Quality of Life Research

, Volume 26, Issue 7, pp 1819–1829 | Cite as

Comparing effects between music intervention and aromatherapy on anxiety of patients undergoing mechanical ventilation in the intensive care unit: a randomized controlled trial

  • Chiu-Hsiang Lee
  • Chiung-Ling Lai
  • Yi-Hui Sung
  • Mei Yu Lai
  • Chung-Ying LinEmail author
  • Long-Yau LinEmail author



Using patient-reported outcomes and physiological indicators to test the effects of music intervention and aromatherapy on reducing anxiety for intensive care unit (ICU) patients undergoing mechanical ventilation.


Patients with ICU admission duration >24 h were randomly assigned to a Music intervention group (n = 41), Aromatherapy group (n = 47), or Control group (rest only; n = 44). Each patient in the Music group listened to music; each patient in the Aromatherapy group received lavender essential oil massage on his/her back for 5 min; each patient in the Control group wore noise-canceling headphones. Anxiety was measured using the Chinese version of the Stage-Trait Anxiety Inventory (C-STAI) and the Visual Analogue Scale for Anxiety (VAS-A) at baseline, post-test, and 30-min follow-up. Heart rate, breathing rate, and blood pressure were measured every 10 min from baseline to the 30-min follow-up.


The Music group had significantly better post-test VAS-A and C-STAI scores, and had lower heart rate and blood pressure than the Control group. The Aromatherapy group had significantly better VAS-A score and lower heart rate than the Control group. The 30-min follow-up showed that both Music and Aromatherapy groups had lower heart rate and blood pressure than the Control group.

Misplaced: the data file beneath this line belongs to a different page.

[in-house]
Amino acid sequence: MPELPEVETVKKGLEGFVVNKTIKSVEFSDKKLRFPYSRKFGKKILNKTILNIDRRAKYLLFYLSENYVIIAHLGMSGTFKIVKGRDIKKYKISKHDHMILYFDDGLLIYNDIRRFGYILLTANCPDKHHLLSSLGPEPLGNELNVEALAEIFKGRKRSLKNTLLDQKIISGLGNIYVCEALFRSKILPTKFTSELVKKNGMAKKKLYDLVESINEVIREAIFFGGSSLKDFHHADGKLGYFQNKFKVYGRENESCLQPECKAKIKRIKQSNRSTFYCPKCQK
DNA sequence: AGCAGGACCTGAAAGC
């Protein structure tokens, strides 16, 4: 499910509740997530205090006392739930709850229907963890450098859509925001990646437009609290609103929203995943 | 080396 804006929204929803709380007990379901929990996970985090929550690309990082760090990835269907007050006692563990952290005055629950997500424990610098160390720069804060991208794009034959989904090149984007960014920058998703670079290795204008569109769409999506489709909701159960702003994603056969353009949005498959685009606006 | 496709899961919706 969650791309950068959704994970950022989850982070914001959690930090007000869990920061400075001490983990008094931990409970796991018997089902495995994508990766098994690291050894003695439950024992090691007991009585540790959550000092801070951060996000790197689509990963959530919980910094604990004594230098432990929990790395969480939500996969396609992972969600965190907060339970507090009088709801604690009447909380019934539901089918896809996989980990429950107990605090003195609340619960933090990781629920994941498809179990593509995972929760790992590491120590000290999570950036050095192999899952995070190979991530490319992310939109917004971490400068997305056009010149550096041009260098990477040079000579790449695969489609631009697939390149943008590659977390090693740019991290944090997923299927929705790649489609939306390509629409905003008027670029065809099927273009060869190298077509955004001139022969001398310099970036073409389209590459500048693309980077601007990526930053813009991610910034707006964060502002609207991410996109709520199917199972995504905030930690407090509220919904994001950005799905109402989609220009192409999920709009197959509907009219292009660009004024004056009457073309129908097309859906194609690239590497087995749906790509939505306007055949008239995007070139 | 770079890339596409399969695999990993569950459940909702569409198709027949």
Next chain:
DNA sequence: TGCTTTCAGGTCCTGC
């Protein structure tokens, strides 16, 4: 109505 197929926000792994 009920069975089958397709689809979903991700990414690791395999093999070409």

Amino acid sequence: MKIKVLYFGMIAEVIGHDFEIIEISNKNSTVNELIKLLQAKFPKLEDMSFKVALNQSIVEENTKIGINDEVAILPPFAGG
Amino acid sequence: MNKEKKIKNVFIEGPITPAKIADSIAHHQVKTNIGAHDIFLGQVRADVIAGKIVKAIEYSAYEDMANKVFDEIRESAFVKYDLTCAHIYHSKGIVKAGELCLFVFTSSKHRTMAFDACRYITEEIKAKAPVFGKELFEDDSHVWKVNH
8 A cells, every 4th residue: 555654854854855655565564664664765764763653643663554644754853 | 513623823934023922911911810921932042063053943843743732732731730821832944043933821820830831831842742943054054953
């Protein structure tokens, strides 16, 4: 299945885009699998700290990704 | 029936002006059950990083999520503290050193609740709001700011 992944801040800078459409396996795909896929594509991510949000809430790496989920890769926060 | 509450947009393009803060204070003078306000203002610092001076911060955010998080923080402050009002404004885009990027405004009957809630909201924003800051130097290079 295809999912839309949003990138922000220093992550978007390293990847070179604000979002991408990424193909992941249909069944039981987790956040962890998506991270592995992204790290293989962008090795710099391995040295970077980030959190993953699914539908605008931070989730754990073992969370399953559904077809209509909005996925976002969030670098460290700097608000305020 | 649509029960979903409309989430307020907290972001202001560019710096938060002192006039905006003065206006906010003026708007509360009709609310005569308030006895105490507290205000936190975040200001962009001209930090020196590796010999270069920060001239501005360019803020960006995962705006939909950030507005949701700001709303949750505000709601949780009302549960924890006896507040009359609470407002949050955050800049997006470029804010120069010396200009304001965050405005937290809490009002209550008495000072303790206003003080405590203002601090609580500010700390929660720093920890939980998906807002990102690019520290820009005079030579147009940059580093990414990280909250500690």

Music and aromatherapy interventions were both effective for ICU patients. The effects of music intervention were greater than that of aromatherapy; both interventions maintained the effects for at least 30 min.


Anxiety Aromatherapy Intensive care unit Music intervention Ventilation 



We thank the directors, head nurses, and research nurses in the ICU of Chung Shan Medical University Hospital for their assistance, and Ms. Bei-Yu Chiang and Chang-Si Wang for advice on selecting music. Without their help, we could not have finished this study.

Compliance with ethical standards

Conflict of interest

The authors declare that they have no conflict of interest.

Ethical approval

All procedures performed in studies involving human participants were in accordance with the ethical standards of the institutional and/or national research committee and with the 1964 Helsinki declaration and its later amendments or comparable ethical standards.

Informed consent

Informed consent was obtained from all individual participants included in the study.


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Copyright information

© Springer International Publishing Switzerland 2017

Authors and Affiliations

  1. 1.Institute of MedicineChung Shan Medical UniversityTaichungTaiwan, Republic of China
  2. 2.Department of NursingChung Shan Medical University HospitalTaichungTaiwan, Republic of China
  3. 3.Department of Intensive Care UnitChung Shan Medical University HospitalTaichungTaiwan, Republic of China
  4. 4.Neurological and Nephrology WardChung Shan Medical University HospitalTaichungTaiwan, Republic of China
  5. 5.Department of Rehabilitation Sciences, Faculty of Health and Social SciencesThe Hong Kong Polytechnic UniversityKowloonHong Kong
  6. 6.School of MedicineChung Shan Medical UniversityTaichungTaiwan, Republic of China
  7. 7.Department of Obstetrics and GynecologyChung Shan Medical University HospitalTaichungTaiwan, Republic of China

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